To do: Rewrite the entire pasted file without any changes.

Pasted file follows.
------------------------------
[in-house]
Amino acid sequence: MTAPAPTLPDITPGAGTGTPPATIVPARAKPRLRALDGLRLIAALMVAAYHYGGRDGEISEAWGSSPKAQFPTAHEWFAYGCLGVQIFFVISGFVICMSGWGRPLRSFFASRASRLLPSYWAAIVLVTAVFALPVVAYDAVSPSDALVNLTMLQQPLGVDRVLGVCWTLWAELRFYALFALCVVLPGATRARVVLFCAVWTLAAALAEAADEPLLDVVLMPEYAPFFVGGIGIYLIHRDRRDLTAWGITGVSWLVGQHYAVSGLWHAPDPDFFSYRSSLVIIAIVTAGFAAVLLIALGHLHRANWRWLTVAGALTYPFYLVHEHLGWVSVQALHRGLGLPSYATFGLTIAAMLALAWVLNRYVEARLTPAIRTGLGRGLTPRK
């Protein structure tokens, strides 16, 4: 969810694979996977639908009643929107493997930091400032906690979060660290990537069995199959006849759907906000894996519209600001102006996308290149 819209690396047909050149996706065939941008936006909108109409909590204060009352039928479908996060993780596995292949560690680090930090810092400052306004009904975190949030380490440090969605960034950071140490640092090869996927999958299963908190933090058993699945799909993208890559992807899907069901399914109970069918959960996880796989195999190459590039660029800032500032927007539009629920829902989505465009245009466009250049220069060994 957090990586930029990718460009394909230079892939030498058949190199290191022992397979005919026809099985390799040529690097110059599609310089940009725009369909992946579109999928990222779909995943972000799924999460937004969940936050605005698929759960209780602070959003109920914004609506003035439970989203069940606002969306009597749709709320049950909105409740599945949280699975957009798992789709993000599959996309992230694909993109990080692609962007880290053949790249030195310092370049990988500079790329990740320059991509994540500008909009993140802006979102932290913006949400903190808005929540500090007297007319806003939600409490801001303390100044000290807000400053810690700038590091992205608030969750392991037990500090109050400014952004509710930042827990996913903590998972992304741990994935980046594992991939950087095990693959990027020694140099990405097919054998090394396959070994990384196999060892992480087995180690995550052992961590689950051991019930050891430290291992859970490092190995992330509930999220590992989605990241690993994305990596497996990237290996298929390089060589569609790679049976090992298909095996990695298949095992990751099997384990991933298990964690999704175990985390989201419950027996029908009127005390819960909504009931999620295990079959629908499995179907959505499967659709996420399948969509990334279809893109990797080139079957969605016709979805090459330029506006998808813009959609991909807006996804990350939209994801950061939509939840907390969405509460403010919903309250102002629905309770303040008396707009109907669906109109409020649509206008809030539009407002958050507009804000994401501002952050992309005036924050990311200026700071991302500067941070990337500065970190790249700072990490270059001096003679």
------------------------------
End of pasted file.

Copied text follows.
[in-house]
Amino acid sequence: MTAPAPTLPDITPGAGTGTPPATIVPARAKPRLRALDGLRLIAALMVAAYHYGGRDGEISEAWGSSPKAQFPTAHEWFAYGCLGVQIFFVISGFVICMSGWGRPLRSFFASRASRLLPSYWAAIVLVTAVFALPVVAYDAVSPSDALVNLTMLQQPLGVDRVLGVCWTLWAELRFYALFALCVVLPGATRARVVLFCAVWTLAAALAEAADEPLLDVVLMPEYAPFFVGGIGIYLIHRDRRDLTAWGITGVSWLVGQHYAVSGLWHAPDPDFFSYRSSLVIIAIVTAGFAAVLLIALGHLHRANWRWLTVAGALTYPFYLVHEHLGWVSVQALHRGLGLPSYATFGLTIAAMLALAWVLNRYVEARLTPAIRTGLGRGLTPRK
């Protein structure tokens, strides 16, 4: 969810694979996977639908009643929107493997930091400032906690979060660290990537069995199959006849759907906000894996519209600001102006996308290149 819209690396047909050149996706065939941008936006909108109409909590204060009352039928479908996060993780596995292949560690680090930090810092400052306004009904975190949030380490440090969605960034950071140490640092090869996927999958299963908190933090058993699945799909993208890559992807899907069901399914109970069918959960996880796989195999190459590039660029800032500032927007539009629920829902989505465009245009466009250049220069060994 957090990586930029990718460009394909230079892939030498058949190199290191022992397979005919026809099985390799040529690097110059599609310089940009725009369909992946579109999928990222779909995943972000799924999460937004969940936050605005698929759960209780602070959003109920914004609506003035439970989203069940606002969306009597749709709320049950909105409740599945949280699975957009798992789709993000599959996309992230694909993109990080692609962007880290053949790249030195310092370049990988500079790329990740320059991509994540500008909009993140802006979102932290913006949400903190808005929540500090007297007319806003939600409490801001303390100044000290807000400053810690700038590091992205608030969750392991037990500090109050400014952004509710930042827990996913903590998972992304741990994935980046594992991939950087095990693959990027020694140099990405097919054998090394396959070994990384196999060892992480087995180690995550052992961590689950051991019930050891430290291992859970490092190995992330509930999220590992989605990241690993994305990596497996990237290996298929390089060589569609790679049976090992298909095996990695298949095992990751099997384990991933298990964690999704175990985390989201419950027996029908009127005390819960909504009931999620295990079959629908499995179907959505499967659709996420399948969509990334279809893109990797080139079957969605016709979805090459330029506006998808813009959609991909807006996804990350939209994801950061939509939840907390969405509460403010919903309250102002629905309770303040008396707009109907669906109109409020649509206008809030539009407002958050507009804000994401501002952050992309005036924050990311200026700071991302500067941070990337500065970190790249700072990490270059001096003679």